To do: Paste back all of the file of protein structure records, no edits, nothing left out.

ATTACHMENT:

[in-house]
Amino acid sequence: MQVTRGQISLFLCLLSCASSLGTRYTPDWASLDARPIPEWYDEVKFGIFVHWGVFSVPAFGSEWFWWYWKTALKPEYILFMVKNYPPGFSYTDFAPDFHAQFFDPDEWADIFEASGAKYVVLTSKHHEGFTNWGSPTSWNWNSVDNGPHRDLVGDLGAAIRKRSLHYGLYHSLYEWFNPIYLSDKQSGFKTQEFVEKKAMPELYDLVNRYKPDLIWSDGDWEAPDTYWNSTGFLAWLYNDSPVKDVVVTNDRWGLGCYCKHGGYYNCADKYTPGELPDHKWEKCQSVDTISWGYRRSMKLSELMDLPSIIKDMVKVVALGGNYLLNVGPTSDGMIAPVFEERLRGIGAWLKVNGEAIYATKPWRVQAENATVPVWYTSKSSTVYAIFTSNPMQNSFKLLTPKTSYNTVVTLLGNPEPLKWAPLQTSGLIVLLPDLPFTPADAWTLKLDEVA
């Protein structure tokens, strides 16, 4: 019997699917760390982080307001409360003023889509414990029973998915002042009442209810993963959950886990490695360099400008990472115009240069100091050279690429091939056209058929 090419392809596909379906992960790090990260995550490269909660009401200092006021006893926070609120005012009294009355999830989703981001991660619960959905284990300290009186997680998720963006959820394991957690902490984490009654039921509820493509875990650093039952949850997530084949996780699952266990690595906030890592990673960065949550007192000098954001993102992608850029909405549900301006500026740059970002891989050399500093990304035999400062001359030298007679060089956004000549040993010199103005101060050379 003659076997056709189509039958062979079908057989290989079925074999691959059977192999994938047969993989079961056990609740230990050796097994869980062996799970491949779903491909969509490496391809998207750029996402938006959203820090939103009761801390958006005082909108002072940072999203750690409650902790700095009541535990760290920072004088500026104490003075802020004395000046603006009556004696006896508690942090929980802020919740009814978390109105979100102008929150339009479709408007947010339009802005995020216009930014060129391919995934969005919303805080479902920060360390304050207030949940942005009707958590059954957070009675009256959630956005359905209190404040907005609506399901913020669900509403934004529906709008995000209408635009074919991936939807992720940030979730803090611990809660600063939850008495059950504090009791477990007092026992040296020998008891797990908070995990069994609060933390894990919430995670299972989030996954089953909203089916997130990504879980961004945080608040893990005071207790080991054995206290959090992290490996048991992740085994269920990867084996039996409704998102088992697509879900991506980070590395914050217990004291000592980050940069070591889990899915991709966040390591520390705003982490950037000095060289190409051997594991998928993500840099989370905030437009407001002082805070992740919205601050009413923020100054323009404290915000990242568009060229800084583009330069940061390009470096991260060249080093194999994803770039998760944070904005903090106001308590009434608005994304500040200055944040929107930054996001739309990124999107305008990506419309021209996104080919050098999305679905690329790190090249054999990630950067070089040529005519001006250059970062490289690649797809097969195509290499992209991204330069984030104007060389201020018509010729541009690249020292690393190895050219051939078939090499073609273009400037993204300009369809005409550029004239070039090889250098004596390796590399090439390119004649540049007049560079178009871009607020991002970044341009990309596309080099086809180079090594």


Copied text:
[in-house]
Amino acid sequence: MQVTRGQISLFLCLLSCASSLGTRYTPDWASLDARPIPEWYDEVKFGIFVHWGVFSVPAFGSEWFWWYWKTALKPEYILFMVKNYPPGFSYTDFAPDFHAQFFDPDEWADIFEASGAKYVVLTSKHHEGFTNWGSPTSWNWNSVDNGPHRDLVGDLGAAIRKRSLHYGLYHSLYEWFNPIYLSDKQSGFKTQEFVEKKAMPELYDLVNRYKPDLIWSDGDWEAPDTYWNSTGFLAWLYNDSPVKDVVVTNDRWGLGCYCKHGGYYNCADKYTPGELPDHKWEKCQSVDTISWGYRRSMKLSELMDLPSIIKDMVKVVALGGNYLLNVGPTSDGMIAPVFEERLRGIGAWLKVNGEAIYATKPWRVQAENATVPVWYTSKSSTVYAIFTSNPMQNSFKLLTPKTSYNTVVTLLGNPEPLKWAPLQTSGLIVLLPDLPFTPADAWTLKLDEVA
């Protein structure tokens, strides 16, 4: 019997699917760390982080307001409360003023889509414990029973998915002042009442209810993963959950886990490695360099400008990472115009240069100091050279690429091939056209058929 090419392809596909379906992960790090990260995550490269909660009401200092006021006893926070609120005012009294009355999830989703981001991660619960959905284990300290009186997680998720963006959820394991957690902490984490009654039921509820493509875990650093039952949850997530084949996780699952266990690595906030890592990673960065949550007192000098954001993102992608850029909405549900301006500026740059970002891989050399500093990304035999400062001359030298007679060089956004000549040993010199103005101060050379 003659076997056709189509039958062979079908057989290989079925074999691959059977192999994938047969993989079961056990609740230990050796097994869980062996799970491949779903491909969509490496391809998207750029996402938006959203820090939103009761801390958006005082909108002072940072999203750690409650902790700095009541535990760290920072004088500026104490003075802020004395000046603006009556004696006896508690942090929980802020919740009814978390109105979100102008929150339009479709408007947010339009802005995020216009930014060129391919995934969005919303805080479902920060360390304050207030949940942005009707958590059954957070009675009256959630956005359905209190404040907005609506399901913020669900509403934004529906709008995000209408635009074919991936939807992720940030979730803090611990809660600063939850008495059950504090009791477990007092026992040296020998008891797990908070995990069994609060933390894990919430995670299972989030996954089953909203089916997130990504879980961004945080608040893990005071207790080991054995206290959090992290490996048991992740085994269920990867084996039996409704998102088992697509879900991506980070590395914050217990004291000592980050940069070591889990899915991709966040390591520390705003982490950037000095060289190409051997594991998928993500840099989370905030437009407001002082805070992740919205601050009413923020100054323009404290915000990242568009060229800084583009330069940061390009470096991260060249080093194999994803770039998760944070904005903090106001308590009434608005994304500040200055944040929107930054996001739309990124999107305008990506419309021209996104080919050098999305679905690329790190090249054999990630950067070089040529005519001006250059970062490289690649797809097969195509290499992209991204330069984030104007060389201020018509010729541009690249020292690393190895050219051939078939090499073609273009400037993204300009369809005409550029004239070039090889250098004596390796590399090439390119004649540049007049560079178009871009607020991002970044341009990309596309080099086809180079090594």